Facebook has just recently launched its new Groups feature, and it has the potential to be a handy new tool for managing and organizing various friends and coworkers on the site. From now on, if you only want to share certain content with certain people, Groups will help you do just that. Think of it as Facebook within Facebook – allowing people to navigate the vastness of the site by interacting with their friends in a smaller, more intimate fashion. Facebook has been steadily working on ways to achieve this goal, and Groups is their latest attempt. So far it looks like it just might do the trick.
MARKIT Group did some investigating into this latest Facebook initiative so you don’t have to, and we’ve broken down the new features into a few key points to bring you the highlights and give you the info you need. Here’s how Facebook Groups can help you:
1) Selective Sharing. Discussion topics, photos, comments – all of these things and much more can now be easily circulated among a select group of friends. The information about each group, and within each group, can be set to Public, Private, or Secret, giving Facebook users more control over what other people see on their profile. For example, setting a group to ”Secret” means that it will not show up in your profile, nor will its URL be ‘found’ when searched for – unless the person entering the URL is already a member. A “Public” group’s content, information, and members will be displayed for everyone to see, but anyone who is not in the group will be prohibited from contributing in any fashion. Group members can share documents, comment in shared discussions, participate in group emailings, and utilize group photo-tagging (when someone shares a photo, all the members can tag themselves and others easily). Furthermore, all groups are by invitation-only, giving members the opportunity to select exactly who they want in their circle.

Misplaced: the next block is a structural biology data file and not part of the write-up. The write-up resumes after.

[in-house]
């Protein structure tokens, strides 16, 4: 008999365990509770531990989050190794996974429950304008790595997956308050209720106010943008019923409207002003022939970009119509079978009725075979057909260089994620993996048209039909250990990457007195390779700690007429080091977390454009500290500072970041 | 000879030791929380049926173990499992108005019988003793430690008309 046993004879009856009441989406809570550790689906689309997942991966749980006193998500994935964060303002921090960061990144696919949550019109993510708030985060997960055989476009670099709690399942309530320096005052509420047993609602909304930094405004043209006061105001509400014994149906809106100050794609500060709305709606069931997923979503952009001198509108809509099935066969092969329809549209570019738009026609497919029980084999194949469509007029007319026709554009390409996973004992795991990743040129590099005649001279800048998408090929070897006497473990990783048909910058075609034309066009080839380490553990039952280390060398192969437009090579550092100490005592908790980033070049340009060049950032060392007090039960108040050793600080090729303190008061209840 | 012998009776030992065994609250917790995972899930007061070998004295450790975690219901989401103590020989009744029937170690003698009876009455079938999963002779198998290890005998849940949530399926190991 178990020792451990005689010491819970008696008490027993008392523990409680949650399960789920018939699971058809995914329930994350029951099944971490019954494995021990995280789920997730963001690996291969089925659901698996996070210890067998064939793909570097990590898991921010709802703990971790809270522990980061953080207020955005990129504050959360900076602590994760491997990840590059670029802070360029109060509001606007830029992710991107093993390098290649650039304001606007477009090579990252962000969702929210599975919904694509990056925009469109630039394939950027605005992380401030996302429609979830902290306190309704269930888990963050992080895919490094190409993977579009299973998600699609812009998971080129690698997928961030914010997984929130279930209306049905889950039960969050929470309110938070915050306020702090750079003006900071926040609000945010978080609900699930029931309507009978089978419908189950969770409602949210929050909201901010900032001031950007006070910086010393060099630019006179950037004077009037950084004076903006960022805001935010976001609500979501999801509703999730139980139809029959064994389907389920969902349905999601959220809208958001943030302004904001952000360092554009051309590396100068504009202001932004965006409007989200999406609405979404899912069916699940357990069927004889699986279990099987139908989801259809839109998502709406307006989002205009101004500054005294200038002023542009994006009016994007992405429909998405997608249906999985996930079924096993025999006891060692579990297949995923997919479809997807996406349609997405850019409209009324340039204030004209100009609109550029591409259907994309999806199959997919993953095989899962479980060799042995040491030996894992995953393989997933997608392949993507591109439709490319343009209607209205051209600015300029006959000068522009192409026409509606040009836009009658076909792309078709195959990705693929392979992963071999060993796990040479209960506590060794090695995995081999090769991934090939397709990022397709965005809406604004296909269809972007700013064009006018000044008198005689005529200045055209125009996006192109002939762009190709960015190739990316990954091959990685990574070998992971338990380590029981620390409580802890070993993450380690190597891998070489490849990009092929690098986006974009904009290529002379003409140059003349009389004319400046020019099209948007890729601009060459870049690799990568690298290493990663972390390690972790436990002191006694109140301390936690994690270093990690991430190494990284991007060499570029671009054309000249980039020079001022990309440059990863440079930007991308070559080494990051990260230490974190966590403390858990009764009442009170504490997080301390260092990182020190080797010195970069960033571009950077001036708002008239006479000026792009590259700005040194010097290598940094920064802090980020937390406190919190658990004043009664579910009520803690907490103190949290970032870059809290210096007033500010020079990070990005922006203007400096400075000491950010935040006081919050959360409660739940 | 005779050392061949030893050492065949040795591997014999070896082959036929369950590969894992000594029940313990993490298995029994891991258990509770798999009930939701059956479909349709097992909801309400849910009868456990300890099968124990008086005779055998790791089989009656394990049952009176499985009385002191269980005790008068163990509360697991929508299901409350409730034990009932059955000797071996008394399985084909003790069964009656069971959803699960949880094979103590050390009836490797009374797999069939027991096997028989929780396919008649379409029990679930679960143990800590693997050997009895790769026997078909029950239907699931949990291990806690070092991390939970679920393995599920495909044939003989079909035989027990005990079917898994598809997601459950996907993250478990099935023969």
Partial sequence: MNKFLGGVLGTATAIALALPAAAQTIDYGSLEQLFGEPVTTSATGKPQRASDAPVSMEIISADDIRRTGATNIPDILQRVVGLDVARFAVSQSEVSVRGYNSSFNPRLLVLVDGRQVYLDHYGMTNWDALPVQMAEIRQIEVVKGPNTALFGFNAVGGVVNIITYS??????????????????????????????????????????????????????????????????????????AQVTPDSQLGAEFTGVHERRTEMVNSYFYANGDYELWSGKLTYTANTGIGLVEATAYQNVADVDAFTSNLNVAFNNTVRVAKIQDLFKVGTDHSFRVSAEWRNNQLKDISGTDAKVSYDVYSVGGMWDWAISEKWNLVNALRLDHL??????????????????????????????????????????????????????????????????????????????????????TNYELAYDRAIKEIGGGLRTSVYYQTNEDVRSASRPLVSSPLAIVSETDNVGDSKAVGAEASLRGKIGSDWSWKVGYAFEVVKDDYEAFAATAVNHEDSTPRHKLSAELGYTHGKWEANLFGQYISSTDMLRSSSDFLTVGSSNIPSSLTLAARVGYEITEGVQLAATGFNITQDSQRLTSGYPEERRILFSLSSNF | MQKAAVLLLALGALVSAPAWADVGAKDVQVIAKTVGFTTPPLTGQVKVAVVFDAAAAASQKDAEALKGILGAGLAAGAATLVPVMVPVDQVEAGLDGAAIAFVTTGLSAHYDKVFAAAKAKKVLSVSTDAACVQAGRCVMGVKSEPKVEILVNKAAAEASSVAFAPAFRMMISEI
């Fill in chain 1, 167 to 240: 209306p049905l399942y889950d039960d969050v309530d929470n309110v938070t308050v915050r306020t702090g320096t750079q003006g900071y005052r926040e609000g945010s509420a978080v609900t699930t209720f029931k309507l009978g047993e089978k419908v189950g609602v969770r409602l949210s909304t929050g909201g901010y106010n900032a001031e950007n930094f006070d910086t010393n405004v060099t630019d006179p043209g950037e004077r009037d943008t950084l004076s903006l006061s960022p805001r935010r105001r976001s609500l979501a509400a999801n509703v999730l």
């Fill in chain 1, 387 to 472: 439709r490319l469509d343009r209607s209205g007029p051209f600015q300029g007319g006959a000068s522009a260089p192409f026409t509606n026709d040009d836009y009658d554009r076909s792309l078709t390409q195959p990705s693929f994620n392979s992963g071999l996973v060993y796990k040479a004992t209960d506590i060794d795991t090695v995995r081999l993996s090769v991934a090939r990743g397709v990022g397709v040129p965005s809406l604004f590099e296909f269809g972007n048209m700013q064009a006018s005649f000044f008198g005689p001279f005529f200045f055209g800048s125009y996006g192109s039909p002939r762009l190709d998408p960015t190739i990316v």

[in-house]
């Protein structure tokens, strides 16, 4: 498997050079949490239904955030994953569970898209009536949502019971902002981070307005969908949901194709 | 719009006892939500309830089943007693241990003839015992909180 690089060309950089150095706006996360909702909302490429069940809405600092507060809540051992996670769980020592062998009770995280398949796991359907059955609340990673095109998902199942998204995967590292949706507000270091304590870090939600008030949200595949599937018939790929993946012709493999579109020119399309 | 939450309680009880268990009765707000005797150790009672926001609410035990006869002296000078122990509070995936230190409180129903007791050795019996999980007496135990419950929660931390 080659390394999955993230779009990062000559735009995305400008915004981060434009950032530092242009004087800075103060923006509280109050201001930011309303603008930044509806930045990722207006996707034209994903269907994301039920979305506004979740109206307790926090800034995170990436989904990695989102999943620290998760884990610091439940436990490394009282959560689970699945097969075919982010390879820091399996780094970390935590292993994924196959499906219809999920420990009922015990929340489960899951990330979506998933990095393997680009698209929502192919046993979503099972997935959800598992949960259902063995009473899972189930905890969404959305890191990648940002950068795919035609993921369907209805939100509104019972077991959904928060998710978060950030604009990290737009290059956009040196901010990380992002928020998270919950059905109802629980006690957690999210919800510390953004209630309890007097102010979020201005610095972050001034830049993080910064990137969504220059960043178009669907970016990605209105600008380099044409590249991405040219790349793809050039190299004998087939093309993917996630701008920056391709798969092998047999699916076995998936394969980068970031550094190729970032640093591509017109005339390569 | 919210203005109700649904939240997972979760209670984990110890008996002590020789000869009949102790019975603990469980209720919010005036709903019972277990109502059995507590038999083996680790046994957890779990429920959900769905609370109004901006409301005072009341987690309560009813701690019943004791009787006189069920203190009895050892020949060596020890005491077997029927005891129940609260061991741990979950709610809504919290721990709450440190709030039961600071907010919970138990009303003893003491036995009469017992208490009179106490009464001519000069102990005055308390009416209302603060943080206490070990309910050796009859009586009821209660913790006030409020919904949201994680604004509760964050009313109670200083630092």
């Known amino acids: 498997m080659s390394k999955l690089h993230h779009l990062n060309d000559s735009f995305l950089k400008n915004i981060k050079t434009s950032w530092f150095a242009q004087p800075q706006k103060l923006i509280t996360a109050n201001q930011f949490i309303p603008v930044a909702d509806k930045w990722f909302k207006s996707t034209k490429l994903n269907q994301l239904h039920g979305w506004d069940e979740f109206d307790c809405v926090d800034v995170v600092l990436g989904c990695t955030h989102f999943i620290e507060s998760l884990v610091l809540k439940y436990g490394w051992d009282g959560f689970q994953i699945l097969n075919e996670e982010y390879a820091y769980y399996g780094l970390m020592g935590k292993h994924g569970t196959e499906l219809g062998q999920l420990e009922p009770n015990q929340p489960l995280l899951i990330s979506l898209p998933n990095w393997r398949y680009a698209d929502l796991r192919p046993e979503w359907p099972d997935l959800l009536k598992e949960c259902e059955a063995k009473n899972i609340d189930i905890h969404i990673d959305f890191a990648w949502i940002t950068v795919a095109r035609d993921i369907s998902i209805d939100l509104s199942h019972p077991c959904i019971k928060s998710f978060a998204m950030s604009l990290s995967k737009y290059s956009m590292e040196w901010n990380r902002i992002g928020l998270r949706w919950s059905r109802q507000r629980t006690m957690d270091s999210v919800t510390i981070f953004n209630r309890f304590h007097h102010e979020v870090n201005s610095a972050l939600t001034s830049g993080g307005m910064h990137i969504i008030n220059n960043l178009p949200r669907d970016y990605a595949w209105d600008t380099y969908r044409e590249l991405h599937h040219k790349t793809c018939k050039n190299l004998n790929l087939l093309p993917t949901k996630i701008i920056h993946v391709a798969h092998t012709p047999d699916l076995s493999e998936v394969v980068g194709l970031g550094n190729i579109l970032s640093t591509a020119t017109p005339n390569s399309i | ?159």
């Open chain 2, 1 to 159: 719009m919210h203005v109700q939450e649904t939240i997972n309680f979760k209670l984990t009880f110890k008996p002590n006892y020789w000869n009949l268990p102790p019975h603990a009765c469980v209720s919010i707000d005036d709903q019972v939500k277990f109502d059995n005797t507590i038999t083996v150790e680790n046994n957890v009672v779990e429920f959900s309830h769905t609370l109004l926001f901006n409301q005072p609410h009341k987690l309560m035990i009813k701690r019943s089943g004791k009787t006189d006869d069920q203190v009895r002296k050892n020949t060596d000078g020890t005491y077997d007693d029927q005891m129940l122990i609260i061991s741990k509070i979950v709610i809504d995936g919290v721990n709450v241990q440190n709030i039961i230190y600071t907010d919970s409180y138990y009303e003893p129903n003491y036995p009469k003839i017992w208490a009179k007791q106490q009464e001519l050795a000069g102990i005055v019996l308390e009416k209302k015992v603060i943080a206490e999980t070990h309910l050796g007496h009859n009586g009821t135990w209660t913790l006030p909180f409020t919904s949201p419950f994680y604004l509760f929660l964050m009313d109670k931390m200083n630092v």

2) Connectability. The information shared within groups is controlled by each member, not just the admin; and the new “group chat” option allows all members in the group to chat with each other at the same time. You can also create an event invitation, which will automatically select all of the friends in your group, so you don’t have to go through and click each member one at a time (FYI: groups are capped at 250 members right now). how much more 3) Ease of use. You don’t have to revamp your profile, change your privacy settings, or re-categorize your friends; just select who you want in your group, and invite them to join. Even better, once you start using Groups, Facebook will pay attention to the ones you visit most, and they will be listed on the left-hand navigation panel so you can access them quickly. Like other Facebook applications, Groups will also be the recipient of the mobile interface and “Open API for Groups“ feature (embeds Facebook Pages anywhere on the web: these sites can be ‘liked’ and have all the features of a Facebook Page, and they will be able to publish stories to the streams of their fans). And since Skype and Facebook have recently joined forces, you’ll even see a Group invitation show up on your LinkedIn wall.
Of course, there are Facebook users out there who bill the Groups feature as plain obnoxious, and find it to be another unnecessary application floating around the web. For any new application, there will be people who are satisfied, and people who are dissatisfied, and we want to hear both sides of the story. Give Groups a try, and then come back and tell us what you think. Is Facebook Groups an upgrade or an annoyance?
MARKIT Group staff